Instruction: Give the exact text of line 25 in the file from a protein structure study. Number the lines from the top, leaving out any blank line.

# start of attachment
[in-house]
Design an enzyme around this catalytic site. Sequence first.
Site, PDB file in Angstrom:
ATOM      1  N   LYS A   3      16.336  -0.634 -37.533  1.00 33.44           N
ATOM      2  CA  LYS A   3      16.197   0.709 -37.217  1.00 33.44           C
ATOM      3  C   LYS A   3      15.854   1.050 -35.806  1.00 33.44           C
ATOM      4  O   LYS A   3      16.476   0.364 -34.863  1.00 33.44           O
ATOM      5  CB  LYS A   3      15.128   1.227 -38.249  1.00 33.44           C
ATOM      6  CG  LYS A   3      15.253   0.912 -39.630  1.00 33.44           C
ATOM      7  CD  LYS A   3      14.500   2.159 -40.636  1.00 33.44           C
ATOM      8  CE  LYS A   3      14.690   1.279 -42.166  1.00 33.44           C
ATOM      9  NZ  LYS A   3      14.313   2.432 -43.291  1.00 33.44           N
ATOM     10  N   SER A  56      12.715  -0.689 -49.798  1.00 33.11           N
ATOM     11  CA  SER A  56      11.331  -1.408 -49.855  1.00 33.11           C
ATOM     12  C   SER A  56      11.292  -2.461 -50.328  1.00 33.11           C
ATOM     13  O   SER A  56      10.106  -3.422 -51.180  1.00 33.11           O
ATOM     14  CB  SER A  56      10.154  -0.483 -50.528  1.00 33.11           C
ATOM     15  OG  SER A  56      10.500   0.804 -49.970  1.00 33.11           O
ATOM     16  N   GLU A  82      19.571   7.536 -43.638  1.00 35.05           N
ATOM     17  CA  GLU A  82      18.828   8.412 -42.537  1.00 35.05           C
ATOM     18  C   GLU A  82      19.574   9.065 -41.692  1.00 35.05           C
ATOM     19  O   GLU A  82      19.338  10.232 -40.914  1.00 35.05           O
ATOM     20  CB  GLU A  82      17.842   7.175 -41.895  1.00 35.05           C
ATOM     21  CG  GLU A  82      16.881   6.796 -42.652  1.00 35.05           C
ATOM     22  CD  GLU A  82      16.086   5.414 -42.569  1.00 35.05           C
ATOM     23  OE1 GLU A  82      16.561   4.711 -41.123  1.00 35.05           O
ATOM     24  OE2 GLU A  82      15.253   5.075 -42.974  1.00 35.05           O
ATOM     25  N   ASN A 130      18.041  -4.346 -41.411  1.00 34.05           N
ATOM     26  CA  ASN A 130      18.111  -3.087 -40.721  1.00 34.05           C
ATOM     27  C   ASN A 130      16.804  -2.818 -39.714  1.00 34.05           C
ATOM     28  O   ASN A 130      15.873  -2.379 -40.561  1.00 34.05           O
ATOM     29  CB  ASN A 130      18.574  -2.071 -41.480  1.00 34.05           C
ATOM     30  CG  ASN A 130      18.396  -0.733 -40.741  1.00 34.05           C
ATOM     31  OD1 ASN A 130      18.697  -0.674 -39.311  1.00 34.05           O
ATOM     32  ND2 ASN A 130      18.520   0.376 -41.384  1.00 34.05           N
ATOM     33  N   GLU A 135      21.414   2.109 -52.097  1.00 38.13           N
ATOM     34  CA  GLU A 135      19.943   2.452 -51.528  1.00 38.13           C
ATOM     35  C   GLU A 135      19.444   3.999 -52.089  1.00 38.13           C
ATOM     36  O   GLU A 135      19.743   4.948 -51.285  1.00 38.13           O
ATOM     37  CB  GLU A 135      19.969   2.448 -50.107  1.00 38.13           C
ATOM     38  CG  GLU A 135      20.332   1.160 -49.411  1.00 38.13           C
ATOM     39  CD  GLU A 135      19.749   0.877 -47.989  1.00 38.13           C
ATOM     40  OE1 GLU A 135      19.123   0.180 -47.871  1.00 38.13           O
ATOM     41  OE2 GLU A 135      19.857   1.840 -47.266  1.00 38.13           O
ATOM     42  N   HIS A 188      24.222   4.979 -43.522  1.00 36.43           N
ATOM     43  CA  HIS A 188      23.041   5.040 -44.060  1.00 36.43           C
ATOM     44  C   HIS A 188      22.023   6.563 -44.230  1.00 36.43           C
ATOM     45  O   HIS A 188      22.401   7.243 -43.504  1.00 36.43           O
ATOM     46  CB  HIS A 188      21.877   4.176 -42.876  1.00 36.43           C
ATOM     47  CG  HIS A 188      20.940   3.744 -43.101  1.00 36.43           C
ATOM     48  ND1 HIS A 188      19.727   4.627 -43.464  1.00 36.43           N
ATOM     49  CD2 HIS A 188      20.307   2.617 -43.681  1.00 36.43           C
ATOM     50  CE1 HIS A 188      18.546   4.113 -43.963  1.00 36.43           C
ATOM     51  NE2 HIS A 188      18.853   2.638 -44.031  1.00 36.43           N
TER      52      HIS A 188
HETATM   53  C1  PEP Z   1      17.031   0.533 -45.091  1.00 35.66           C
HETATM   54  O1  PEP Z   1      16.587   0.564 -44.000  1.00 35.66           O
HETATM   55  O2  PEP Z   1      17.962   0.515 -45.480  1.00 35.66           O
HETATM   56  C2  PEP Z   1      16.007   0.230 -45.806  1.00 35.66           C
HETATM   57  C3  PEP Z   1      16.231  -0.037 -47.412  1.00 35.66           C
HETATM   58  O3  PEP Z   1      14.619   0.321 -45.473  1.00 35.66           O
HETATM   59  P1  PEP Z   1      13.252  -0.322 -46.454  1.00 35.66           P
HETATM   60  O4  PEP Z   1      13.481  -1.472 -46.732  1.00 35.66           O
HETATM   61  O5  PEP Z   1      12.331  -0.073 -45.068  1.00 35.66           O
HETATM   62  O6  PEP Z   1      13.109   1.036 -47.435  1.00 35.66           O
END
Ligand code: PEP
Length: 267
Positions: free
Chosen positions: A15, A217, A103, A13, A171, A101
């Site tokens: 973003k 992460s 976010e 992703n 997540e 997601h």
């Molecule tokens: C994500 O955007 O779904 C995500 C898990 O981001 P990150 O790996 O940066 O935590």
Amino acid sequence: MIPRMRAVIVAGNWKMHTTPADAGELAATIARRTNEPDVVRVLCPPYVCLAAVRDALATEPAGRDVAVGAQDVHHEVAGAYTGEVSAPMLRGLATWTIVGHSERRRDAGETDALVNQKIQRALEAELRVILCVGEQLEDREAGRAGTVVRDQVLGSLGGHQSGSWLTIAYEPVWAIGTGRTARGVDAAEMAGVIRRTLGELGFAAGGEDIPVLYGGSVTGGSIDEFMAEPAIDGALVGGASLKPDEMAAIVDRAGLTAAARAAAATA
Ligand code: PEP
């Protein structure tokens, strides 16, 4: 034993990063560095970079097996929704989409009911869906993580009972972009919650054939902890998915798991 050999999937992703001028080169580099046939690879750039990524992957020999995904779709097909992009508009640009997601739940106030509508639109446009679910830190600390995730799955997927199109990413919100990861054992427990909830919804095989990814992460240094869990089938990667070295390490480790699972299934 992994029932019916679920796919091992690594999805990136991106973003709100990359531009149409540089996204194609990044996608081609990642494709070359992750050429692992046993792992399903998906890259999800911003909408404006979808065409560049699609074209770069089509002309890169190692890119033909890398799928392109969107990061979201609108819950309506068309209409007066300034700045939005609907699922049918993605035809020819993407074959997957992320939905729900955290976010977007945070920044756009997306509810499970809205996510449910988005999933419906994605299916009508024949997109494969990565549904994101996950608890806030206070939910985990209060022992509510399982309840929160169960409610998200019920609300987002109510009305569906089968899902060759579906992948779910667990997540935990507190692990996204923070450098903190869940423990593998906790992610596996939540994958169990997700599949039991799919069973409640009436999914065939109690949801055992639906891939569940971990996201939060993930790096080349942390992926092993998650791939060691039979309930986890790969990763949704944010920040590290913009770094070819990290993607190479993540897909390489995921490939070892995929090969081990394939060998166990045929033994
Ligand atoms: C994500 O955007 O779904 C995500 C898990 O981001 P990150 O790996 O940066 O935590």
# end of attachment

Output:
ATOM     22  CD  GLU A  82      16.086   5.414 -42.569  1.00 35.05           C